While the Congressional debate to shield businesses continues, states such as “Alabama, North Carolina, Oklahoma, and Utah have issued executive orders or passed legislation to give businesses more protection if their workers or customers get the coronavirus.” A COVID-19 relief bill is expected to pass by the end of Summer 2020 and some form of liability protections are expected to be included, though details of the extent of these protections is unknown.
On the other hand, there is a push back from some members of the legal community that fears of a new wave of COVID litigation may be exaggerated. Linda Lipsen, the chief executive of the American Association for Justice argues, “[t]he idea that there is going to be this cavalcade of lawsuits is a total myth…[o]utside of meatpacking plants, cruises, nursing homes, veterans homes and other hot spots, there is not going to be that race to the courthouse because there are already all of these barriers to getting to court.”
Nonetheless, this new possible wave of litigation is not limited to personal injury and wrongful death lawsuits – it also extends to Workers’ Compensation litigation. Illinois was the first state to attempt to amend its current Workers’ Compensation regulation, seeking to protect workers who were deemed essential and contracted COVID-19, ensuring coverage for medical expenses, lost wages, long term impairment and death benefits. An Illinois judge, concerned with the possible influx of claims, halted the amendment, reverting to the current standard that employees must prove that they actually contracted the virus while on the job, a difficult bar to meet. Other states have moved forward attempting to ease the burden of filing a Workers’ Compensation claim, leading to concern from business groups.
It is not yet clear how New York will deal with an inevitable increased flow of Workers’ Compensation claims as it sits as the heart of the crisis. Currently, workers must prove that their contraction of COVID-19 is an “occupational disease” under the New York Workers’ Compensation Law. New York is yet to define COVID-19 as an “occupational disease”, and the current standard that must be met for a successful Workers’ Compensation claim is that “the affected employee must show a direct link between the illness and the nature of his or her employment, as opposed to a condition in the workplace, ordinary contact with co-workers, or other unrelated factors.”
Under the New York standard, it is likely that medical professionals who are exposed to the virus in the course of their employment are likely to file successful claims, while it remains unclear if office workers may be afforded the same opportunity. Further, as businesses continue to telework, it is unlikely that at-home employees who contract the virus could possibly file a successful claim. Nevertheless, the standard may change and businesses should be prepared for new and complex Workers’ Compensation issues.
In conclusion, if a business so chooses to reopen, it must ensure that it follows current safety recommendations by both the federal and state government to limit liability. Businesses should keep up to date with current federal legislation concerning liability as this unprecedented crisis moves forward.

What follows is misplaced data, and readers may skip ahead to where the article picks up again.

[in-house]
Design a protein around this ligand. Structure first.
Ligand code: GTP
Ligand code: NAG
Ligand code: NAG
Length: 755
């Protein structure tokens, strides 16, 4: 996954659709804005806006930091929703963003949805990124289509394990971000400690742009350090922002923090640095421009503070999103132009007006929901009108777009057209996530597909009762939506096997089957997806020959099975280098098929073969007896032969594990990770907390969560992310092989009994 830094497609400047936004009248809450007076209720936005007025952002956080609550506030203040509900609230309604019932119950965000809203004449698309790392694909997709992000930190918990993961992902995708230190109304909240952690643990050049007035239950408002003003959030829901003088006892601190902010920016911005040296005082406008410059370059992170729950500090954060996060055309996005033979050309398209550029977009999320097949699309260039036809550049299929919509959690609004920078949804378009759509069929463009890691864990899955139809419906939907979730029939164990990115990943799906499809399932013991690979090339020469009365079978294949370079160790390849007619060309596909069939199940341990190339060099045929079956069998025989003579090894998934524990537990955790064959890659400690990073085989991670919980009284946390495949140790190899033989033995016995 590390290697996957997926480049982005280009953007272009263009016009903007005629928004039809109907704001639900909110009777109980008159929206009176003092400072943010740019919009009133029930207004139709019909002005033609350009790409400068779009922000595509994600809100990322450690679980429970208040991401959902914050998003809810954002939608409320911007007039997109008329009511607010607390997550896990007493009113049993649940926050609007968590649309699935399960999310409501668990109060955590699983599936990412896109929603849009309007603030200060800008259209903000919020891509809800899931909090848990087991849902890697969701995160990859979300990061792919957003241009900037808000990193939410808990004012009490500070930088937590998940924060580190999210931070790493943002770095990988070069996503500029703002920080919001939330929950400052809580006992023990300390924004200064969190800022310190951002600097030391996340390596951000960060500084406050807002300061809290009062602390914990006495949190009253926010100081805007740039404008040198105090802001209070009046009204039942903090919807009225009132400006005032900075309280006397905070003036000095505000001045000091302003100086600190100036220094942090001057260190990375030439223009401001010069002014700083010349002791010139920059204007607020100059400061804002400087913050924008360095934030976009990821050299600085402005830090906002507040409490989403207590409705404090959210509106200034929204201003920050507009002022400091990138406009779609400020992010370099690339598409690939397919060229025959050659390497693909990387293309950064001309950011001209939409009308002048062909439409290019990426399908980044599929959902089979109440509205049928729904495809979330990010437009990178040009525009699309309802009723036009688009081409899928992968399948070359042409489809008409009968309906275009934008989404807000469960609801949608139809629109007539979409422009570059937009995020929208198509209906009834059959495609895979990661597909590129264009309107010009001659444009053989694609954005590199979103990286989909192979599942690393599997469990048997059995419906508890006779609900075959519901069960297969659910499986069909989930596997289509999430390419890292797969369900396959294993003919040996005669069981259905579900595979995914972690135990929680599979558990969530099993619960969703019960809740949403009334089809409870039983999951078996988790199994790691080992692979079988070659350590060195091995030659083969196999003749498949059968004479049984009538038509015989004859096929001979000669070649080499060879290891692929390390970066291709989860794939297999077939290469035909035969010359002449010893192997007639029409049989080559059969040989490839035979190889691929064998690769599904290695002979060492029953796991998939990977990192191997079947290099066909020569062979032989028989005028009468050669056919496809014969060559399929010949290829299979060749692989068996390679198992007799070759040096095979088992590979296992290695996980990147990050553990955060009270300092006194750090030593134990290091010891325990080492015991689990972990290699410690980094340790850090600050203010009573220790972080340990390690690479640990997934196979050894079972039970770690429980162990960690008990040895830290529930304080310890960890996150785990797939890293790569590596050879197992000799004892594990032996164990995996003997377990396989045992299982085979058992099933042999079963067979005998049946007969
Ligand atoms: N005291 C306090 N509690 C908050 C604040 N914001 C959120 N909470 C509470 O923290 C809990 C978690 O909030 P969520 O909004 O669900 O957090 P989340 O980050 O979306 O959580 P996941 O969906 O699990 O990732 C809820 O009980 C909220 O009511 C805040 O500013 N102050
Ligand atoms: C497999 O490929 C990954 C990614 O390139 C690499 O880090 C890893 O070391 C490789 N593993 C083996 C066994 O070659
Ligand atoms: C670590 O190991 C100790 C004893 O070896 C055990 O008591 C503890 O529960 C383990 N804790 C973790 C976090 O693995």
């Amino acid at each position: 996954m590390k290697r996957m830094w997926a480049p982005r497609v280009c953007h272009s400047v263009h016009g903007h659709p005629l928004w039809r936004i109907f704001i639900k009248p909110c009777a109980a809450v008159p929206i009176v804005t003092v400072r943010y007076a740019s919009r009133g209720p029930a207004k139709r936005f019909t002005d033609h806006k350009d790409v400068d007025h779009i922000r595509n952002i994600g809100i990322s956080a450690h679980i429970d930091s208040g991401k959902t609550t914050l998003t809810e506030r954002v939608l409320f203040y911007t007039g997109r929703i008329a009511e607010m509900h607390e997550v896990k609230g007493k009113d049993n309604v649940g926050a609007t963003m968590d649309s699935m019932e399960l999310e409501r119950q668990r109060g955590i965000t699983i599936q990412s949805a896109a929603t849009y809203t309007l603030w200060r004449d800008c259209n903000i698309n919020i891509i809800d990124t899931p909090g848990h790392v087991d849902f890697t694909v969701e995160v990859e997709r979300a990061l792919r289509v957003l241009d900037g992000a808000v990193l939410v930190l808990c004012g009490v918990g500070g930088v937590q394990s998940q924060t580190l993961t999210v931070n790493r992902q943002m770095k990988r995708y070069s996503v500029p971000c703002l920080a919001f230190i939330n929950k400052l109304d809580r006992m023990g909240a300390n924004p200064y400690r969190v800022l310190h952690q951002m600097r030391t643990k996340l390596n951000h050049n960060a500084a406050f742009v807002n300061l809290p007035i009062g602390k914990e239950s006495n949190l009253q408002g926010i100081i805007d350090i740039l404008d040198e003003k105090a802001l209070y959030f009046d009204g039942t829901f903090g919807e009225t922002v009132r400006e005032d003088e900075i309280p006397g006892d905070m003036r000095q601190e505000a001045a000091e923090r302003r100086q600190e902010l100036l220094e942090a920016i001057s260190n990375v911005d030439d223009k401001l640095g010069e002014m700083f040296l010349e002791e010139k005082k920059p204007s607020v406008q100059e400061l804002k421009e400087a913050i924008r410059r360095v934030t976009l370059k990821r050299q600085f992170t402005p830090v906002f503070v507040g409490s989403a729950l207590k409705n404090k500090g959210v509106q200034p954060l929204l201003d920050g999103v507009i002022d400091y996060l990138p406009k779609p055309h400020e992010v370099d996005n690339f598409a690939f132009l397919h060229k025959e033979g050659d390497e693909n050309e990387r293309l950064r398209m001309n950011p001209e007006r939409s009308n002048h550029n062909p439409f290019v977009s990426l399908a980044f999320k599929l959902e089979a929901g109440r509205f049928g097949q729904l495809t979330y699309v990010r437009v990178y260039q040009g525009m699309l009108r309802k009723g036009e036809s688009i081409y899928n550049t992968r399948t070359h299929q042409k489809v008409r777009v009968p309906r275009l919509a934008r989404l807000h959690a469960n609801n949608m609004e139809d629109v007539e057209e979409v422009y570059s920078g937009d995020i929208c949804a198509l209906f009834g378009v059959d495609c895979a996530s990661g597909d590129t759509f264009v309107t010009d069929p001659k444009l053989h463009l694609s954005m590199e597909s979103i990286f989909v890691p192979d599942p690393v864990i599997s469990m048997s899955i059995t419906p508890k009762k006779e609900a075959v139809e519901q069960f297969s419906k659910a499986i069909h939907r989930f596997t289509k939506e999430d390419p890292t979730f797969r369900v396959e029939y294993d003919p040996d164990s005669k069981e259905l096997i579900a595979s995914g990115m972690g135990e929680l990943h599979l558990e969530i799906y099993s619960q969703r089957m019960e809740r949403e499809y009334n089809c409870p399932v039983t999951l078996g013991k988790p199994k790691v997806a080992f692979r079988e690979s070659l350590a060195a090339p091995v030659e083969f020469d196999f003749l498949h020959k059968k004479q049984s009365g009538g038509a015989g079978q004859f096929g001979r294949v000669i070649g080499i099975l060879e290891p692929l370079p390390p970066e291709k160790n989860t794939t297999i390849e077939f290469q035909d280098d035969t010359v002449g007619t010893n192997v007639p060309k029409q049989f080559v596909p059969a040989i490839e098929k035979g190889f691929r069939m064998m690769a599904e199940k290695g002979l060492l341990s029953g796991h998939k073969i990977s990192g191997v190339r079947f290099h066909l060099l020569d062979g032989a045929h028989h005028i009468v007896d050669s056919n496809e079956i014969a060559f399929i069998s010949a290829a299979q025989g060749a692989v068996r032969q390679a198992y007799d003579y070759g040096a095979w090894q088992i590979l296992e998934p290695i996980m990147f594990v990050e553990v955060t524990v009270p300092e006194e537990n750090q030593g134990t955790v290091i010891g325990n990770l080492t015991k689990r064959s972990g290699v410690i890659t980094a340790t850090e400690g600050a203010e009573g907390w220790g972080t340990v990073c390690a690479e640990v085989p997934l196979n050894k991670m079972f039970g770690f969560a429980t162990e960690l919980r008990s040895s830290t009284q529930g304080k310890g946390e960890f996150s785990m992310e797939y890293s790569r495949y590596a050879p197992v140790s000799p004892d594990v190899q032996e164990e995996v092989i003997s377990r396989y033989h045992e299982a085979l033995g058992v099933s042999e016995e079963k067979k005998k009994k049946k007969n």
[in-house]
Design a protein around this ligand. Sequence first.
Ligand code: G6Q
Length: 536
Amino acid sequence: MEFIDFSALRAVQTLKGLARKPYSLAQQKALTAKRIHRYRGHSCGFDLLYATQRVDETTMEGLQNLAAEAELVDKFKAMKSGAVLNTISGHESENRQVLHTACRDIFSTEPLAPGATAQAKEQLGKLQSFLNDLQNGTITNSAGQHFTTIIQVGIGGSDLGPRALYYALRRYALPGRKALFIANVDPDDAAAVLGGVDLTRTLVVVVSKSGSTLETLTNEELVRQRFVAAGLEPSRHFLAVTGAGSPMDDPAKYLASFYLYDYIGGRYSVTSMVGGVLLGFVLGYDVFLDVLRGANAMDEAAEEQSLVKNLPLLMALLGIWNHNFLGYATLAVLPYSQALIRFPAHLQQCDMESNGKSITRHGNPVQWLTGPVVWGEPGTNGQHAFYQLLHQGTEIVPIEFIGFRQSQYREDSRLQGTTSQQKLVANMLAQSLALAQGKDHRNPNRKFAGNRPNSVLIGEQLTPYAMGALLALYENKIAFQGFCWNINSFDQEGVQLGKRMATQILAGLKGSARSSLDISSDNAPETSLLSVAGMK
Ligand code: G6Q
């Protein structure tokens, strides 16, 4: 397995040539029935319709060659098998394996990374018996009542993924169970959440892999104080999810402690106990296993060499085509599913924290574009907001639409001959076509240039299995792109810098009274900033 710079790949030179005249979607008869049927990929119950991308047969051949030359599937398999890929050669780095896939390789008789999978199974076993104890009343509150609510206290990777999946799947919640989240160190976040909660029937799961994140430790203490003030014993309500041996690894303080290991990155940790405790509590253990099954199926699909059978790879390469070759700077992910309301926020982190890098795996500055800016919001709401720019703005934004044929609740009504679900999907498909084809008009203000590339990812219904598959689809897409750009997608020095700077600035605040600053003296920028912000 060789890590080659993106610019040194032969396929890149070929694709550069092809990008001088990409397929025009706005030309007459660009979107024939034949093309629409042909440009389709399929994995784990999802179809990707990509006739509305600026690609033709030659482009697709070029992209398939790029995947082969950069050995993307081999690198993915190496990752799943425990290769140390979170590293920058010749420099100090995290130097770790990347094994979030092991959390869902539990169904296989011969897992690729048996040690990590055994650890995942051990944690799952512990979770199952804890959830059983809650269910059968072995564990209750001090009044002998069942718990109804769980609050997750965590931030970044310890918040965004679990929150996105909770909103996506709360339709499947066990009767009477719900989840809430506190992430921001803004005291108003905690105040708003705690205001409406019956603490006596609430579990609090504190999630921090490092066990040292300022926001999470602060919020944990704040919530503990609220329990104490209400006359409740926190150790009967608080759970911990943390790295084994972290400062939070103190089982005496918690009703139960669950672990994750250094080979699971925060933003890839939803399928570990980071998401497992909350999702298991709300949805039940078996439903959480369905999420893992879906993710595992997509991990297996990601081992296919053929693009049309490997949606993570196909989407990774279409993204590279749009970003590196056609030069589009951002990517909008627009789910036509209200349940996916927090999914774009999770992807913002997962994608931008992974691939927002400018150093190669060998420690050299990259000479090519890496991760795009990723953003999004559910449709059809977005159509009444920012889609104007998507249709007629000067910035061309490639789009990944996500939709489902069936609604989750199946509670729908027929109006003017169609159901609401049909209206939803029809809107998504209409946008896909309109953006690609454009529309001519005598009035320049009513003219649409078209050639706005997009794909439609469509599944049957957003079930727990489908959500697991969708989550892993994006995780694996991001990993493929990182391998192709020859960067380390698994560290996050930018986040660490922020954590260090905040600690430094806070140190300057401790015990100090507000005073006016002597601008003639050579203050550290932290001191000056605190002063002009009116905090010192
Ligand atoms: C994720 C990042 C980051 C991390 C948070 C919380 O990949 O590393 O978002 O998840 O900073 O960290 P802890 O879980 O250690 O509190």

Elejalde-Ruiz, Alexia, If you get sick with COVID-19, is your employer liable? As businesses prepare to reopen, worker safety is a priority., Chicago Tribune, May 4, 2020, https://www.chicagotribune.com/coronavirus/ct-coronavirus-employer-liability-workplace-exposure-20200501-dye6husnszchpnpaadiensn2ja-story.html.
Stevens, Alexis, Scenes from Georgia’s cautious reopening: Lines start early for haircuts, April 24, 2020, https://www.ajc.com/news/lines-start-early-for-haircuts-georgia-begins-open/jWJvWglc5N7RlQt1Z6oDTN/.
 Why Your Gym, Dentist, or Hairdresser May Ask You to Sign a COVID-19 Liability Waiver, June 17, 2020, https://www.healthline.com/health-news/why-your-gym-dentist-or-hairdresser-may-ask-you-to-sign-a-covid-19-liability-waiver.
 Barlyn, Suzanne and McCrank, John, Sign Here First: Reopening Businesses Turn to Liability Waivers, Disclaimers, Insurance Journal, June 1, 2020, https://www.insurancejournal.com/news/national/2020/06/01/570571.htm.
General Liability Considerations and Potential Exposure in Reopening from COVID-19 Shutdown, National Law Review, May 1, 2020, https://www.natlawreview.com/article/general-liability-considerations-and-potential-exposure-reopening-covid-19-shutdown.
 Horsley, Scott, As Businesses Reopen, A Fight Is Brewing Over Worker Safety Lawsuits, May 6, 2020
 Swanson, Anna and Rappeport, Allen, Businesses Want Virus Legal Protection. Workers Are Worried., New York Times, June 12, 2020, https://www.nytimes.com/2020/06/12/business/economy/coronavirus-liability-shield.html.
 See footnote 1.
 Colvin Stone, Lindsay, New York Workers’ Compensation Law: Is COVID-19 Compensable?, National Law Review, April 30, 2020 https://www.natlawreview.com/article/new-york-workers-compensation-law-covid-19-compensable.